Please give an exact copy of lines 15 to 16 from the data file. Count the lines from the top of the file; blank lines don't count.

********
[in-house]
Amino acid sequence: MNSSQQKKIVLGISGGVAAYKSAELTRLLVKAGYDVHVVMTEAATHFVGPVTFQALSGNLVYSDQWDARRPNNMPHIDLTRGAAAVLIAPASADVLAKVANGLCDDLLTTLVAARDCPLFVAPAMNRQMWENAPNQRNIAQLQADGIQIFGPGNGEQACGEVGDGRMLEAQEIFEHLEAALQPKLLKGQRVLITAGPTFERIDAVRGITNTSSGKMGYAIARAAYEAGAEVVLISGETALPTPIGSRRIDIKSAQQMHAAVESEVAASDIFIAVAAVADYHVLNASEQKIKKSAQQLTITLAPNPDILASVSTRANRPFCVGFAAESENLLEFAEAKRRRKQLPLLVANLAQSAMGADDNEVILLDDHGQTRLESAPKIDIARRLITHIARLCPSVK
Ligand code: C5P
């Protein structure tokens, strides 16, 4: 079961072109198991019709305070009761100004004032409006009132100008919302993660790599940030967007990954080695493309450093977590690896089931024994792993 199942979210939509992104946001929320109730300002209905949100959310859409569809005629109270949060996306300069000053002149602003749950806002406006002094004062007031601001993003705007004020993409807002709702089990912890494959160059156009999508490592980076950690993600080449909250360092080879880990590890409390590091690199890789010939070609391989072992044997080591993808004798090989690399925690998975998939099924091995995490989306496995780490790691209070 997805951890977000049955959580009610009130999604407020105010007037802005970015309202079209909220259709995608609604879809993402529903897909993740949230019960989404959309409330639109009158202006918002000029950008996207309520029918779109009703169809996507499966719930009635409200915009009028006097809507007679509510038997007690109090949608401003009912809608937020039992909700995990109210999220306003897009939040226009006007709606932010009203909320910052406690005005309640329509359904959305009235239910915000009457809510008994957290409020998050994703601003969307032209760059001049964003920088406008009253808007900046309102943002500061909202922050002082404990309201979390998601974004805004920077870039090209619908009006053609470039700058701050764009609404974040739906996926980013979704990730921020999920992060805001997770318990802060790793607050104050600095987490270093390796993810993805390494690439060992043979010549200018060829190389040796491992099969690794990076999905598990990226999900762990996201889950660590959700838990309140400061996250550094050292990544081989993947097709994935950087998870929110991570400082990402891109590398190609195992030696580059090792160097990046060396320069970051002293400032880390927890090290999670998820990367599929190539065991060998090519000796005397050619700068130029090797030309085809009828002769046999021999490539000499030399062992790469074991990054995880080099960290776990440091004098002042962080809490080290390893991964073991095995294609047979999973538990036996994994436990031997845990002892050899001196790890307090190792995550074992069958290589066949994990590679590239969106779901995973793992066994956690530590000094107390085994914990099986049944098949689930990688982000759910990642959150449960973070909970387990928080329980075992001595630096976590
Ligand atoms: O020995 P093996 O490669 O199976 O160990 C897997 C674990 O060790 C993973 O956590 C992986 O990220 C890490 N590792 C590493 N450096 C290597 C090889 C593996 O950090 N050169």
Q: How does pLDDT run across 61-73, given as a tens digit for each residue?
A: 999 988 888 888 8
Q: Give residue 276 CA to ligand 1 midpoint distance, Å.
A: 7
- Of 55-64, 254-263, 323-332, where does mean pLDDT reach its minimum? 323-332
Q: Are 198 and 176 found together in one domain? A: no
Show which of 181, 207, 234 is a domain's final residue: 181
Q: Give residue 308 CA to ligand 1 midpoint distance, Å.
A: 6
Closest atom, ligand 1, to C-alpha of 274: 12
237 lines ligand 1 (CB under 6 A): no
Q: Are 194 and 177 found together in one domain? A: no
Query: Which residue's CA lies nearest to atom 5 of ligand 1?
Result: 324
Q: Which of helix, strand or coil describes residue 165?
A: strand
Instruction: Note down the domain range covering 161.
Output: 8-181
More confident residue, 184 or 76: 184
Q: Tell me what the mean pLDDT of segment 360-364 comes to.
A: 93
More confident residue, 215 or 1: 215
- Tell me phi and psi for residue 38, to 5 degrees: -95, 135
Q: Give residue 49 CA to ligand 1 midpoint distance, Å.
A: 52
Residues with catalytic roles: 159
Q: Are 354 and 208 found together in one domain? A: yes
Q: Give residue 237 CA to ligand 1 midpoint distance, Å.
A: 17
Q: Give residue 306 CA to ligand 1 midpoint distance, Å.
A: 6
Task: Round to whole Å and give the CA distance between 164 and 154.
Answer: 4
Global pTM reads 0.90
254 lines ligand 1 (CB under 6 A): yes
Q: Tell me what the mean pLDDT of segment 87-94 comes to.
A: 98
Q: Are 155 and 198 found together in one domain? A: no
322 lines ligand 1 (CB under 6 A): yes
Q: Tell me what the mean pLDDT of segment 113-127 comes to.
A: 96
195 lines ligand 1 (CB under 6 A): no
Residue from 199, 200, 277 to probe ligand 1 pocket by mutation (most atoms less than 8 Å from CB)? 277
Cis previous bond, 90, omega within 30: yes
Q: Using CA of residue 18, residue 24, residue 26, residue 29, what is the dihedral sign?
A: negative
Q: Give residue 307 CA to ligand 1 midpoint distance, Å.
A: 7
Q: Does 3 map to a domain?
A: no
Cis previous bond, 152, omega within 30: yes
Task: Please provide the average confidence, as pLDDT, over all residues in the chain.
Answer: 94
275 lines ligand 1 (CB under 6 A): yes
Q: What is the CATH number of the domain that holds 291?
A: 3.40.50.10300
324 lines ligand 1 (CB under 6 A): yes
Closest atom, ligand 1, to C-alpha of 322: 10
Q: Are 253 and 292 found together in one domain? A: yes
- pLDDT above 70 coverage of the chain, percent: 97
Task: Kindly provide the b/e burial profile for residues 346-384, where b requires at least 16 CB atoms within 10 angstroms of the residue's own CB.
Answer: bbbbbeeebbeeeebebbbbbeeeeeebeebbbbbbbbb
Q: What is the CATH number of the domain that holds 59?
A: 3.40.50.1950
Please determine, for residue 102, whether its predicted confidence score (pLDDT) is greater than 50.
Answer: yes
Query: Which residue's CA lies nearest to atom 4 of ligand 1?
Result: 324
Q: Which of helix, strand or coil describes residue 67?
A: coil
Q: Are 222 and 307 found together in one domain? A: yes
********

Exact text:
Closest atom, ligand 1, to C-alpha of 274: 12
237 lines ligand 1 (CB under 6 A): no